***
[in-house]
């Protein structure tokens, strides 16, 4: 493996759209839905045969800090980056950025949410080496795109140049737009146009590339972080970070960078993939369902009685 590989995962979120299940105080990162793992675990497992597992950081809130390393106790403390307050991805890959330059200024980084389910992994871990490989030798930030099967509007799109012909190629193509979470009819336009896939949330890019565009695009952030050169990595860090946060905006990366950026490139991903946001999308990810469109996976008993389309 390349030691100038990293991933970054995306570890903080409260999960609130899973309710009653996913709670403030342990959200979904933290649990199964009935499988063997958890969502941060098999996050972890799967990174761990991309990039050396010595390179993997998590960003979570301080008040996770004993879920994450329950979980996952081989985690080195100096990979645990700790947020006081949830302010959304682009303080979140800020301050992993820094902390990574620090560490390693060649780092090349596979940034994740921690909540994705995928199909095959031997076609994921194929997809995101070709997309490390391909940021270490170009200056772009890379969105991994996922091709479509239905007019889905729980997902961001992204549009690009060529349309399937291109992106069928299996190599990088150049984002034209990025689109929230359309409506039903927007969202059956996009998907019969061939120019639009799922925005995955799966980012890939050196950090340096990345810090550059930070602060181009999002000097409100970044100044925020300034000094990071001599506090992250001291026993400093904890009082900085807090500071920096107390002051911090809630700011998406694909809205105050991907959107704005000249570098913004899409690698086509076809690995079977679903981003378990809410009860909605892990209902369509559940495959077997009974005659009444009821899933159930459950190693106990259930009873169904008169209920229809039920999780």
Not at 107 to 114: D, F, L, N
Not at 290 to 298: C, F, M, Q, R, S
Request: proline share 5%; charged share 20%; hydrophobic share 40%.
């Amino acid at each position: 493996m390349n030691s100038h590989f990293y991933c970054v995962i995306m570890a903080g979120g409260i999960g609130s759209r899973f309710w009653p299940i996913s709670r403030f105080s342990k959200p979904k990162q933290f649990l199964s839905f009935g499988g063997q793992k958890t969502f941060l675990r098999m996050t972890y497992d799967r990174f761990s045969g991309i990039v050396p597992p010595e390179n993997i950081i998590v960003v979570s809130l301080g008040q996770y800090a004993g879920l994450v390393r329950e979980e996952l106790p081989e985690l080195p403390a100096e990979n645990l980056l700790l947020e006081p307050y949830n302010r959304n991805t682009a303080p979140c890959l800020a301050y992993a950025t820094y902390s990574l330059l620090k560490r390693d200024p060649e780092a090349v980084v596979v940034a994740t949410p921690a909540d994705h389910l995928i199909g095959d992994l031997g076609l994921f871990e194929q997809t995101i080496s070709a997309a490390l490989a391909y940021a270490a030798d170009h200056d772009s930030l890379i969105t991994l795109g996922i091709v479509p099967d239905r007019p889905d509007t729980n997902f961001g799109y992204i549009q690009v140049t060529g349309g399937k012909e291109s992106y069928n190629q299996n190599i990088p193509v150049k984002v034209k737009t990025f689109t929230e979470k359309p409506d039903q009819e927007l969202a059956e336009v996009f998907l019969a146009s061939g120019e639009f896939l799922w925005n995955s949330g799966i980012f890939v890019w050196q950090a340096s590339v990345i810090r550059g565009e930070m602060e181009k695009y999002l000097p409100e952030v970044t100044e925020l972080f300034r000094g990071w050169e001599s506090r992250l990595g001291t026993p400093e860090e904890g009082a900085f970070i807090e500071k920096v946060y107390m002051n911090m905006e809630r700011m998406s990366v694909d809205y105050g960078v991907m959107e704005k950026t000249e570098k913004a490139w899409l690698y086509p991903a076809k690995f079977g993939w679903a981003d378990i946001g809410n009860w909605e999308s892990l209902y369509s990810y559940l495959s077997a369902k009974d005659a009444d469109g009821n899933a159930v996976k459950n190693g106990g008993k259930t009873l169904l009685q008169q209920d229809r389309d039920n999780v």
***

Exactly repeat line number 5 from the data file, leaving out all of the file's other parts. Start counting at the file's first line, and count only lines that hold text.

Request: proline share 5%; charged share 20%; hydrophobic share 40%.